What is perfection, and is it possible to attain? That's the question driving the narrators of Ellen Hopkins's 2011 sequel to Impulse, which is, appropriately, called Perfect.
Perfect shows the aftereffects of Conner's suicide attempt on his family and friends—one of the narrators is his sister, Cara, and another is his ex-girlfriend, Kendra.
Hopkins is known for carrying a character's thread through multiple books—it's part of what makes her fans so devoted. And she doesn't shy away from gritty subject matter, including prostitution, drug abuse, rape, self-injury, and incest. Perfect is no exception, and its characters struggle with eating disorders, addiction, rape, stalking, and sexual orientation… to name a few.
To this end, nobody writes a cautionary tale quite like Hopkins. Her books have been fixtures on the American Library Association's list of Best Books for Young Adults since Crank was released in 2004, and every YA book she writes becomes a New York Times best seller. So it's safe to say that when it comes to teen literature, Ellen Hopkins owns.
Heck, you might even say she's perfect.
When your parents are more concerned with how you look than who you really are, it's easy to get caught up in the façade. In Perfect, Cara's parents want a popular, pretty cheerleader who gets straight As and goes to their alma mater, while Andre's want a businessman to carry on the family fortune, as well as the family name. Kendra's dad is largely out of the picture, but her mom wants nothing less than a runway model, even if it means she's on the brink of death from an eating disorder. Dolla dolla bill, y'all.
The consequences of trying to be the person somebody else wants you to be range from general unhappiness to suicidality. So if you're living under the T. Rex-sized weight of someone else's expectations, but aching to come out about your true passion, Cara and Andre are the narrators for you.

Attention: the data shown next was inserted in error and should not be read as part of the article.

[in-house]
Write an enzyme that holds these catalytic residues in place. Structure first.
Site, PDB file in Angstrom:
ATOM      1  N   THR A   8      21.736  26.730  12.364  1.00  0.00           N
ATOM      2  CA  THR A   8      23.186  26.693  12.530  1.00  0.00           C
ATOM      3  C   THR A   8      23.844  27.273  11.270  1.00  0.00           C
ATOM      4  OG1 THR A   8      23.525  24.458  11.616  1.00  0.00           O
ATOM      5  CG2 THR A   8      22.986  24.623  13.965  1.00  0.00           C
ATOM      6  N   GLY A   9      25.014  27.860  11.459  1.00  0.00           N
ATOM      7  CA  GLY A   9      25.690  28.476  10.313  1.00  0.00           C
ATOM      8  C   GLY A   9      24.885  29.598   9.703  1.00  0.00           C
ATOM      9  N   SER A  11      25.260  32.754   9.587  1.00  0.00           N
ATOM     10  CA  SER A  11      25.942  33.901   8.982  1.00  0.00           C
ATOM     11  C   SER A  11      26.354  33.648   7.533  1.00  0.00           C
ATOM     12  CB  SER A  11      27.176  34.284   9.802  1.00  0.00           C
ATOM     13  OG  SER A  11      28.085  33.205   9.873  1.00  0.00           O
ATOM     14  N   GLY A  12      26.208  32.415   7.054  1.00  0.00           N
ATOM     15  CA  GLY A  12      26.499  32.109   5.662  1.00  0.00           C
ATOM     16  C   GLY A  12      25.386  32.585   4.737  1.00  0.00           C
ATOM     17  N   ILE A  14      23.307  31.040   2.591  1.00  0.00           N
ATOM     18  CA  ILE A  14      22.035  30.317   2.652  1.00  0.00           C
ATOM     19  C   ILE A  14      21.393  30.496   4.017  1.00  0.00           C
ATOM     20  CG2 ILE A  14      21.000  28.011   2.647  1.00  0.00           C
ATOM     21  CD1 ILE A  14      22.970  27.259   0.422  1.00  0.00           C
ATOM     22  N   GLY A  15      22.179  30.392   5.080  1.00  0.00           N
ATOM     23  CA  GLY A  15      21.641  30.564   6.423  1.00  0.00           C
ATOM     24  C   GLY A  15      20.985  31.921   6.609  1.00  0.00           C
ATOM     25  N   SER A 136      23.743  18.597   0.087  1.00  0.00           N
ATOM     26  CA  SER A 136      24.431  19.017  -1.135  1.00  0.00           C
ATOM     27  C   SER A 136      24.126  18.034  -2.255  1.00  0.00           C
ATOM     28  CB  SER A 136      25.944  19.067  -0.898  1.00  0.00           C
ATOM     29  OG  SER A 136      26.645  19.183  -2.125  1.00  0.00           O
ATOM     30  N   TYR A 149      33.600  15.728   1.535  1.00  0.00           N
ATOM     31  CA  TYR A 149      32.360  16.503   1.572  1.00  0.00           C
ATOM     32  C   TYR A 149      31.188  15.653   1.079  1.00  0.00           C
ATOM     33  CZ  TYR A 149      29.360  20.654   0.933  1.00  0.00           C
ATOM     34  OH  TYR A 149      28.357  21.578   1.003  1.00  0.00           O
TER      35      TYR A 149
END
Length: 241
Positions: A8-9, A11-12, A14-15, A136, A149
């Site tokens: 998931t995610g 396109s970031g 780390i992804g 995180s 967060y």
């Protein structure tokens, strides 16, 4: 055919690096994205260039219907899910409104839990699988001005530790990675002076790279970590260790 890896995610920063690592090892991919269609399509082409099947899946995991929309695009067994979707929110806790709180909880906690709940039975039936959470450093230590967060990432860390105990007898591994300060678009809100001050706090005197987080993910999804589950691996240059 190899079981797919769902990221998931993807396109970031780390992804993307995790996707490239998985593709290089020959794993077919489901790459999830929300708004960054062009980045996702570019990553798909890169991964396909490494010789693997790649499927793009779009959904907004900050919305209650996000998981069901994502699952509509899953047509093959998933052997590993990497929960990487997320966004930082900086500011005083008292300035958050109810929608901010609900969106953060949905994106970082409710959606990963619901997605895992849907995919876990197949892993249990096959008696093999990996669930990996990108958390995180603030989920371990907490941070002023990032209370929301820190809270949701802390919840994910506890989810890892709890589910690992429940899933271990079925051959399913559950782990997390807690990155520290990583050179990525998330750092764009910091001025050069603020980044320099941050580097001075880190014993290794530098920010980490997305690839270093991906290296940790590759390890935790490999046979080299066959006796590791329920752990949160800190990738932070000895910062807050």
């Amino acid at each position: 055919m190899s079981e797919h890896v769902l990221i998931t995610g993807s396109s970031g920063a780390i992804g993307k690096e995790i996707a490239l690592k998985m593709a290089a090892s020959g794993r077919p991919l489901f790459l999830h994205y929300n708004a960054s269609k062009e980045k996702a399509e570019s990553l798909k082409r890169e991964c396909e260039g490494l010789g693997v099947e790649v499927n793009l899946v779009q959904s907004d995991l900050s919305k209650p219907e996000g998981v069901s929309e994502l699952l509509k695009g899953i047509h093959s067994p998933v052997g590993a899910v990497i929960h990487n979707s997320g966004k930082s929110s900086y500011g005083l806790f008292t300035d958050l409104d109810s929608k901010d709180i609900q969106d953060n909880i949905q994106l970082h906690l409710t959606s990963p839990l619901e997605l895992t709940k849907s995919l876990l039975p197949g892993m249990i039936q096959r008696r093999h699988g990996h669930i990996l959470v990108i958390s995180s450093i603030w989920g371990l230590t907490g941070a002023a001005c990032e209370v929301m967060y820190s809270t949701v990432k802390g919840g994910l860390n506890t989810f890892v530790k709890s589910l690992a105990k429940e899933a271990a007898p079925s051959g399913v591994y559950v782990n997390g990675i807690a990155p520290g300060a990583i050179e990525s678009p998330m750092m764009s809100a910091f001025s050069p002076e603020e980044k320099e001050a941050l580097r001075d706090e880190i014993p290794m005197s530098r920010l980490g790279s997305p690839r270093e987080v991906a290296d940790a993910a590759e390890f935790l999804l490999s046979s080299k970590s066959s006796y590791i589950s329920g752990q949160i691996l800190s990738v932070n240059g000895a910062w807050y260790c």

If, on the other hand, you feel like the pressure is leading you down the path of anger and self-destruction, you'll relate more to Kendra and Sean. That's right, we said it: It's okay to relate to Sean—it's just not okay to use steroids or rape people. His feelings, however, are about as relatable as they come at times. Like all the other narrators, he's desperately trying to find his way.
And that's what Perfect is all about, really: finding not just yourself, but also your self, the fire inside you that makes the world bearable. If these messed-up narrators can do it, so can you. And if you're not as messed up as these narrators, go talk to someone who is. Reading Perfect just might help you spot a Conner before he steps off a cliff.
Ellen Hopkins's Author Site
What's she writing next? Find out here.
Ellen Hopkins's Twitter Feed
The author tweets lots of pictures of her travels, as well as the occasional funny video.
Goodreads Reader Interviews
Hopkins answers reader questions, particularly about her new adult novel, Triangles.
Hopkins Author Interview
Here's a down-and-dirty (no pun intended) overview of Hopkins's work, courtesy of Simon and Schuster.
Hopkins Talks About Perfect
The narrators' issues came from letters she receives from teens. Aw… She really does listen to her readers.
Sean Speaks (No, Wait, Let Him)
Aaron Tveit, the star of the Broadway show Catch Me If You Can, narrates Sean's sections in the Perfect audiobook. Here's a sample.
A Few Words from Andre
The Wire and 90210 star Tristan Wilds takes on the audiobook version of Andre.
Kendra Tells Us What She Sees in the Mirror
Aya Cash of Traffic Light and Mercy fame narrates Kendra in the audiobook.
Last But Not Least, Here's Cara
Boardwalk Empire's Heather Lind gives us the audiobook version of Cara.
What Does Hopkins Think of Her Readers?
Check out this autographed copy of Perfect.
Say It With Ink
Here's a reader tattoo of the last line of Perfect.
Galena High School, which Cara, Kendra, and Sean attend, is a real place. This is their mascot.